While many factors have gotten us to where we are today, key questions still linger: “where will these headwinds take us?” and “are we in a new steady state of lower prices or will there be future volatility creating further swings?”. Long-term baseline projections from the USDA indicate that the current state of farm-level prices for corn, wheat, and soybeans is likely to trend pretty consistently over the next ten years. In addition to the USDA projections, The Food & Agricultural Policy Research Institute (FAPRI) also projects corn prices to remain at or below the $4.00/bu mark through 2020. Even with projections that depict a pretty consistent future state, there are inherent uncertainties impacting the markets. Given the future uncertainties, it is more crucial than ever that agribusinesses dealing directly and indirectly with commodities not only deftly manage pricing risk, but also have the foresight to maximize future opportunities- both domestic and international.

Savvy agribusiness leaders should be asking themselves, “What are potential factors that could impact commodity prices even further?” While no one can predict the future, possible scenarios resulting in a positive impact on prices could include an increased demand for protein by many developing countries turning the corner (i.e., SE Asia and LATAM) or new biofuel mandates domestic or abroad. On the other hand, a global macroeconomic recession or substantial yield boosting technologies without matching demand could cause prices to remain static or even decline. Successful companies should have a well-defined risk management plan with the ability to navigate the impact of different commodity price scenarios.

While navigating periods with headwinds can be turbulent, The Context Network has decades of experience along with in-country expertise throughout the world to identify key trends and factors that could impact our global industry. Context is well positioned to help organizations across the agribusiness value chain to synthesize and understand the myriad of factors, both obvious and subtle, that impact the overall industry and their specific bottom lines. For more than 20 years, Context has helped agribusinesses navigate the price effects of commodity supply and demand, serving as a partner to clients in developing strategic frameworks to capitalize on market opportunities. With our recent acquisition of expertise in commercial and specialty commodity systems and risk management, we are able to uniquely tailor our consulting services to our clients’ specific needs.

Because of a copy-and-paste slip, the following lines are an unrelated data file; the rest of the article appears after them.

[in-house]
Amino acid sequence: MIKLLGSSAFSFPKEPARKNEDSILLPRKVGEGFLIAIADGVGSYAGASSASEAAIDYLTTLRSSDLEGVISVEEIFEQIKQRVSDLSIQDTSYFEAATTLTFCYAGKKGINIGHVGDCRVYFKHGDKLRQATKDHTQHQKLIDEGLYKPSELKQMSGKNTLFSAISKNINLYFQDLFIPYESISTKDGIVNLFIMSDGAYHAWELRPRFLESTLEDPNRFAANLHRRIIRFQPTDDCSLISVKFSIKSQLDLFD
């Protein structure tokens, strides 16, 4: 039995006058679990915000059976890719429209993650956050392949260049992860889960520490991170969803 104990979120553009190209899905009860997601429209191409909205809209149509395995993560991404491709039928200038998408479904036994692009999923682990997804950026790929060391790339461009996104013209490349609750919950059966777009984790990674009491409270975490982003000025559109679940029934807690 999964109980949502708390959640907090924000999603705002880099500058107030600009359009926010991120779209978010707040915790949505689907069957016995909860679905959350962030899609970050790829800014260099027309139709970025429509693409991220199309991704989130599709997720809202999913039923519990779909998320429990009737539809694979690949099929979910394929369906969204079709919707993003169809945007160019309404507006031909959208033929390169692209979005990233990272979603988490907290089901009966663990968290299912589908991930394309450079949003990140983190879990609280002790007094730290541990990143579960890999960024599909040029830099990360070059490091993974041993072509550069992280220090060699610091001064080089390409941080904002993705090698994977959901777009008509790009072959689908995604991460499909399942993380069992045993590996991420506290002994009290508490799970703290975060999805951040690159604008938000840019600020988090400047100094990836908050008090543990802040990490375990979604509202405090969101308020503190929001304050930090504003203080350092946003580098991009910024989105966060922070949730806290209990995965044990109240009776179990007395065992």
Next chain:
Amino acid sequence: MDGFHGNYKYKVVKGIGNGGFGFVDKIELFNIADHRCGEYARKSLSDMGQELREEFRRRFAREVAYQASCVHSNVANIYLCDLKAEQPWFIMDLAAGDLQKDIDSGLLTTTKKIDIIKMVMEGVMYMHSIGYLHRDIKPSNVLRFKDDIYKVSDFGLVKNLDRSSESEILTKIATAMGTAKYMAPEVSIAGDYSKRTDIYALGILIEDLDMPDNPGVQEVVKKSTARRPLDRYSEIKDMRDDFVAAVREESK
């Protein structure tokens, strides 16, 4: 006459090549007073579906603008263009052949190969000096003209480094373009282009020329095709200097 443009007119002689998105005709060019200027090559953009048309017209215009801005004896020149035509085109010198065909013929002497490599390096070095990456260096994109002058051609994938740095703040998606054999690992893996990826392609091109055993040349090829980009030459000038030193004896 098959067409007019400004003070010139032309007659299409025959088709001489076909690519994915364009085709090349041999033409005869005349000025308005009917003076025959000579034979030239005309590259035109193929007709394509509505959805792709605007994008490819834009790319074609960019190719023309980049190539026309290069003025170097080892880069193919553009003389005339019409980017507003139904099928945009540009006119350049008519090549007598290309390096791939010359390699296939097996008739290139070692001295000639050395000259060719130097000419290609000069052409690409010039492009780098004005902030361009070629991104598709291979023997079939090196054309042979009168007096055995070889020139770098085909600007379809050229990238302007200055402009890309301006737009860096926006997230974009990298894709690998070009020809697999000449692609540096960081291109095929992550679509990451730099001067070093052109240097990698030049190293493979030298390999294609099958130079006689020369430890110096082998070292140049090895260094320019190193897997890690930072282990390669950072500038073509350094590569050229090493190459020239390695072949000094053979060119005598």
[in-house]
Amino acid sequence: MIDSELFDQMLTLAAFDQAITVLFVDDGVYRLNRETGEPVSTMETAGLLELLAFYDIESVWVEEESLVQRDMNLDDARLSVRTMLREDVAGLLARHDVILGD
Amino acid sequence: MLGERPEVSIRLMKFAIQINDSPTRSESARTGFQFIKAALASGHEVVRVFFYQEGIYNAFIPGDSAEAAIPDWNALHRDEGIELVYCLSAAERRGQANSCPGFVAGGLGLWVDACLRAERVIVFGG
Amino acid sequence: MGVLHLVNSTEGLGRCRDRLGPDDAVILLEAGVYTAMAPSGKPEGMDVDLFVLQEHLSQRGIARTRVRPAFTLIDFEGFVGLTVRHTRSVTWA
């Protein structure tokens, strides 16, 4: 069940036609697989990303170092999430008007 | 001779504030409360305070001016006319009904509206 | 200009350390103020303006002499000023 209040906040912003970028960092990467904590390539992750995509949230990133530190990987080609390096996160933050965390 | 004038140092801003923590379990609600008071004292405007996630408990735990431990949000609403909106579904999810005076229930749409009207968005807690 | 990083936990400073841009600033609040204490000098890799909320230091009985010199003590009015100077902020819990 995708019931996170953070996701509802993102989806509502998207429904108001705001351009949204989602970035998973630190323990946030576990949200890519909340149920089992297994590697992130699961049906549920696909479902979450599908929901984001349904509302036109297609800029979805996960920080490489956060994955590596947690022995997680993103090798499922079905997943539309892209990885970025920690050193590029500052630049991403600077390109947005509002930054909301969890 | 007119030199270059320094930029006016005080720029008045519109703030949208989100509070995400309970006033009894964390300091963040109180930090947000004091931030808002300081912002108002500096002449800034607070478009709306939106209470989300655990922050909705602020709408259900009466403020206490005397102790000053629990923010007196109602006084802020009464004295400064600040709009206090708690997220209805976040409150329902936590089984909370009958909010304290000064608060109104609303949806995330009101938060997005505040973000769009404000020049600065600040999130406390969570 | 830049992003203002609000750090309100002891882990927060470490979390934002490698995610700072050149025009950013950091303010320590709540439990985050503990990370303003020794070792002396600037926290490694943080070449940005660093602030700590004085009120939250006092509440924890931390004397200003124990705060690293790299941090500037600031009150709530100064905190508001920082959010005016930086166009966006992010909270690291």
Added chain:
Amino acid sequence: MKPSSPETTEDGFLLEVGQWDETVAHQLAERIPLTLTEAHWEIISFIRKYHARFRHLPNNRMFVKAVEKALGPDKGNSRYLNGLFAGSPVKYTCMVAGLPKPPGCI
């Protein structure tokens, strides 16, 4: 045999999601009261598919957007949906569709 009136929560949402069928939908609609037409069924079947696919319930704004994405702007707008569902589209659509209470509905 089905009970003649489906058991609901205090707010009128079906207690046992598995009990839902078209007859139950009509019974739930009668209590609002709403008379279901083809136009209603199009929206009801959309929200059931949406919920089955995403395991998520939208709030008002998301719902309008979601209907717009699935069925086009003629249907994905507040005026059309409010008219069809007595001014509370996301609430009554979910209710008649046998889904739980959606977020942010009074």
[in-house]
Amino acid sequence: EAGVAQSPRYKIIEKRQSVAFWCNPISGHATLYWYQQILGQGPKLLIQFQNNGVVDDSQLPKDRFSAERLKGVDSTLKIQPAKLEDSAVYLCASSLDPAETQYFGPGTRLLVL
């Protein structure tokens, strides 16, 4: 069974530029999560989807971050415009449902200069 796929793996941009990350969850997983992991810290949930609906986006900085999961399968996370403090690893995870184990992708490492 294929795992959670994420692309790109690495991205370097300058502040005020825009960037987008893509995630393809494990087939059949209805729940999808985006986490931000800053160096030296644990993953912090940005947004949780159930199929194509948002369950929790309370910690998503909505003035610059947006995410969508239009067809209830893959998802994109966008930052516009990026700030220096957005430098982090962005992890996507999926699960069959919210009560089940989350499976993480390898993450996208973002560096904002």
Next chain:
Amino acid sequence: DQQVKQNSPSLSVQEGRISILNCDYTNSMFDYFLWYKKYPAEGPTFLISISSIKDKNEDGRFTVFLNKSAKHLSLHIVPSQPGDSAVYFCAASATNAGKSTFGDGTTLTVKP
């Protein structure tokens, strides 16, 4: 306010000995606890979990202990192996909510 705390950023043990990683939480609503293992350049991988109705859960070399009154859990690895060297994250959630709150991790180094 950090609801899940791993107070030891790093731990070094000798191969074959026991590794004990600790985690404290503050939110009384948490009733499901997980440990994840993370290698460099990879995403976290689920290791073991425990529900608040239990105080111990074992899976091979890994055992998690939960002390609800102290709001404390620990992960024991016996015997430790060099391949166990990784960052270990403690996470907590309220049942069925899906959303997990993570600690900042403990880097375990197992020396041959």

For more details about how Context can assist your organization in this space please contact:

Mark Holland  | 870.919.6800 | mark.holland@contextnet.com
Jason Jimmerson | 406.581.9798 | jason.jimmerson@contextnet.com
Kim Kazemi | 406.544.6511 | kim.kazemi@contextnet.com
Tyler Uden | 217.493.2136 | tyler.uden@contextnet.com

Sources
Des Moines Register
Financial Times
The Ethanol Mandate & Corn Price Volatility
Trading Economics
USDA NASS
USDA Foreign Agricultural Service
USDA Grain & Oilseeds Outlook
USDA Agricultural Outlook Forum:
USDA – ‘Slowing Economy: Effect on China’s Agricultural Imports’
US Grains Council – ‘China’s Potential Future Imports of Feedgrains & Oilseeds’
Farm Service Agency – ‘2016 Grains and Oilseeds Outlook’
USDA Agricultural Projections to 2025
FAPRI US Baseline Briefing Book – Projections for Agricultural & Biofuel Markets
Bloomberg Argentinian Peso Article Headline
US News & World Report El Nino Article Headline
USDA Foreign Agricultural Service